Portraits, first prize singles
Laurinda, a young Kamilaroi girl, plays with her dress as she waits for the bus that will take her to Sunday school. Many disadvantaged communities in Australia face entrenched poverty, racism, trans-generational trauma, violence, addiction, and a range of other barriers to health and wellbeing.
Monkey Training for a Circus
Nature, first prize singles
A rhesus macaque cowers as its trainer approaches, while training for a circus act, in Suzhou, eastern China.
Performing animals in circuses and zoos are enormously popular in China. After years of pressure from animal-welfare groups, the Chinese government has banned animal circuses, and implemented regulations to stop abuse at state-owned zoos, but many trainers say they have not heard of the ban, nor have any intention of stopping. Authorities in Suzhou, which with its 300 troupes is known as the hometown of circus in China, have announced plans for developing alternative circus entertainment, without performing animals.
General News, second prize singles
Refugees crowd on board a boat some 25 kilometers from the Libyan coast, prior to being rescued by an Italian naval frigate working as part of Operation Mare Nostrum (OMN). The search-and-rescue operation was put in place by the Italian government, in response to the drowning of hundreds of migrants off the island of Lampedusa at the end of 2013. The numbers of people risking their lives to cross the Mediterranean Sea rose sharply in 2014, as a result of conflicts or persecution in Syria, the Horn of Africa, and other sub-Saharan countries.
OMN involved the Italian Red Cross, Save the Children, and other NGOs in an effort not only to rescue lives, but to provide medical help, counseling, and cultural support. Naval officers were also empowered to arrest human traffickers and seize their ships. In its one year of operation, OMN brought 330 smugglers to justice, and saved more than 150,000 people, at least a quarter of which were refugees from Syria. The operation was disbanded in October, and replaced by Triton, an operation conducted by the EU border agency Frontex, focusing more on surveillance than rescue
Contemporary Issues, second prize singles
Wei works in a factory in Yiwu, eastern China, coating polystyrene snowflakes with red powder. He wears a Christmas hat to protect his hair, and goes through at least six face masks a day.
According to the Chinese government press agency, 600 factories in Yiwu produce around 60 percent of the world’s Christmas decorations. The factories are staffed largely by migrant laborers, who work 12-hour days for between 270 and 400 euros a month. Wei, who comes from rural Guizhou, 1,500 kilometers away, is not entirely sure what Christmas is, but thinks that it is a foreigners’ form of Chinese New Year.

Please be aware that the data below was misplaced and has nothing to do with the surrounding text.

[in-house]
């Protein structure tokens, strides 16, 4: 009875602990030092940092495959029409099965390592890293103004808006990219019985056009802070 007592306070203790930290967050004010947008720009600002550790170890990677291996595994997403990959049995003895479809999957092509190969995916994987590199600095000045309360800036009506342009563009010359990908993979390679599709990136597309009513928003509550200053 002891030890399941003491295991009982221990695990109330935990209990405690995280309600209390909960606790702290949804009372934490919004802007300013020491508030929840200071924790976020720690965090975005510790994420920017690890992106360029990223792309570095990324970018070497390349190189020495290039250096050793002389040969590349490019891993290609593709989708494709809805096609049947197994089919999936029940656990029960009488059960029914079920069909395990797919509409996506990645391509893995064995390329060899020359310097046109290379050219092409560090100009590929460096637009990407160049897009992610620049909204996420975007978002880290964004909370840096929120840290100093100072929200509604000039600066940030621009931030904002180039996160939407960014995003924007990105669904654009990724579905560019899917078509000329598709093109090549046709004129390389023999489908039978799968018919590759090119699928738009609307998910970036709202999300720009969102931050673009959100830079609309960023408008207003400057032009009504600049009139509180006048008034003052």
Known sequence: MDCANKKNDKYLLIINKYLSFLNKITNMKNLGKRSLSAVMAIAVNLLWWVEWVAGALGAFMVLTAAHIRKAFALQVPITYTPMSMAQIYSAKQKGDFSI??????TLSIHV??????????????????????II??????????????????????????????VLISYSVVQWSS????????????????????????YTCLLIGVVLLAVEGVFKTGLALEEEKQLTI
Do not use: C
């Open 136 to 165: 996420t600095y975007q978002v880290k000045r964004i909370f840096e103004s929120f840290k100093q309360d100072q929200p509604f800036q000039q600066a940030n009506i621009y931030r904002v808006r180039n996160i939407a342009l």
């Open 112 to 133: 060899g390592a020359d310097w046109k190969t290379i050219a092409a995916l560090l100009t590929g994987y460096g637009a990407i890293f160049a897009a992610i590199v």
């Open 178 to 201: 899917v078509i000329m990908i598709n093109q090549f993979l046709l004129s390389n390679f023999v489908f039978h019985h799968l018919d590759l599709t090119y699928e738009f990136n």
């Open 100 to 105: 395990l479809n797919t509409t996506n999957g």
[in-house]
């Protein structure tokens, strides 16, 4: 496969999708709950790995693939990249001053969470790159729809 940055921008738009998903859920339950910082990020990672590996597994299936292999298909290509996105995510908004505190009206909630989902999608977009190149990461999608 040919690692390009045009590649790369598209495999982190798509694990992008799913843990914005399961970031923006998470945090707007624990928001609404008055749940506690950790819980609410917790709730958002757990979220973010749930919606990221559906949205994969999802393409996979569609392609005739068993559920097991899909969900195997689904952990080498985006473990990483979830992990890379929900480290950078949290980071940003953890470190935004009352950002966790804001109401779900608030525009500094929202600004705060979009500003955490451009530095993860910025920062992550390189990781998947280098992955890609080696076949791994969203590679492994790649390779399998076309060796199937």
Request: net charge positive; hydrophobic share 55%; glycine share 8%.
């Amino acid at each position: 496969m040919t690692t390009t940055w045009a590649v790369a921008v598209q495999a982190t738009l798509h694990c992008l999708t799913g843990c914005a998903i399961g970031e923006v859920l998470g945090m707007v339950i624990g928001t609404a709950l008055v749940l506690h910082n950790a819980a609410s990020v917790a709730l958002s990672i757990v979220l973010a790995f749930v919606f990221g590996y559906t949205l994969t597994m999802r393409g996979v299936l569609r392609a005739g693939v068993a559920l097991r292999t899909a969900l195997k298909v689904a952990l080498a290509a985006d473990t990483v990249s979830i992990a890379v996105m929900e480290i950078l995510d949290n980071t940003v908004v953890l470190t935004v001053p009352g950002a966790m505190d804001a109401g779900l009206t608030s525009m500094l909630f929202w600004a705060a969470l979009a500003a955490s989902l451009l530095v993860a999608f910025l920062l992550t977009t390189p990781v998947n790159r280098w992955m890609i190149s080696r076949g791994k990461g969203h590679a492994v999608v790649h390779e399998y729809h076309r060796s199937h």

Blue Sky Days
Contemporary Issues, second prize stories
Students in a courtyard in El Dorado County, California, viewed from a drone. In 2006, a drone strike on a religious school in the village of Chenegai, Pakistan, reportedly killed up to 69 children. Since 2002, the US has used unmanned aerial vehicles (UAVs, or drones) to collect intelligence and carry out airstrikes in Pakistan, Yemen and Somalia. The aircraft are guided via satellite by distant operators. The attacks have resulted in a large number of fatalities, including hundreds of civilians. The photographer bought a small drone, fitted it with a camera, and flew it in the US over the sorts of gatherings that have become habitual targets for airstrikes abroad—weddings, funerals, groups of people praying or exercising. He also used it to photograph settings in which drones are used to less lethal effect, such as oil fields, prisons, and the US-Mexico border.
Tomas van Houtryve
VII for Harper's Magazine
Mothers of Patience
Contemporary Issues, Honorable Mention prize stories
Mothers and families of missing soldiers gather around the coffins of ‘unknown martyrs’—unidentified bodies that have recently been discovered near the Iraq-Iran border. The Iran-Iraq War (1980-88) was one of the bloodiest conflicts of the 20th century. More than 10,000 Iranians were reported missing in action in Iraq. Casualty figures are highly uncertain, though the numbers of dead on both sides ran into the hundreds of thousands. In Iran, people who were killed in the conflict were declared martyrs for their country, and therefore for Islam. Over 10,000 Iranian soldiers were reported missing in action, without a corpse being identified. Bodies are still being discovered and repatriated. Many mothers of missing soldiers live in hope of seeing their sons again, or finally having a body that they may bury.
Ebola in Sierra Leone
General News, first prize stories
Residents of the town of Kailahun gather along a river at dusk. At the time, Kailahun district, in eastern Sierra Leone, was the most heavily affected by the Ebola outbreak, which originated across the nearby border with Guinea. The first cases of a new outbreak of the deadly Ebola virus in Sierra Leone were reported in May. There is no cure for Ebola, and the fatality rate can be as high as 90 percent. The virus causes high fever, vomiting, and diarrhea, as well as internal and external bleeding. It is highly contagious, being passed on by sweat, blood and other bodily fluids. Extreme care has to be taken to avoid infection while treating patients, and in burying victims. The healthcare system in Sierra Leone, one of the world’s poorest countries, was not equipped to cope with the disease, and assistance from foreign NGOs became crucial. By the end of the year, 2,758 people had died of Ebola in Sierra Leone. The disease also ravaged neighboring Guinea and Liberia, with 7,880 deaths reported across the three countries overall in 2014.
Prime for National Geographic / The Washington Post
General News, third prize stories
Women grieve on the stairs of an apartment block, during the funeral of a young Islamic fighter, Abdalla Ismail al Buheisi, on 22 July. After weeks of rising tension following the killing of three Israeli teenagers, Israel launched a major offensive against Hamas in Gaza. Hamas had fired rockets into Israel on 7 July, after a series of Israeli air strikes in which several Hamas members had been killed. On 8 July, Israel launched Operation Protective Edge, aimed at stopping the rocket attacks, and destroying Hamas capabilities, in particular the smuggling tunnels that had been built between Gaza and Egypt. The offensive lasted seven weeks, during which more than 2,100 people were killed in Gaza, 69 percent of which, according to the UN, were civilians. In Israel, six civilians and 67 soldiers were killed. Amnesty International published a report that criticized Israel’s ‘grossly disproportionate’ responses, but suggested violations of international law on both sides.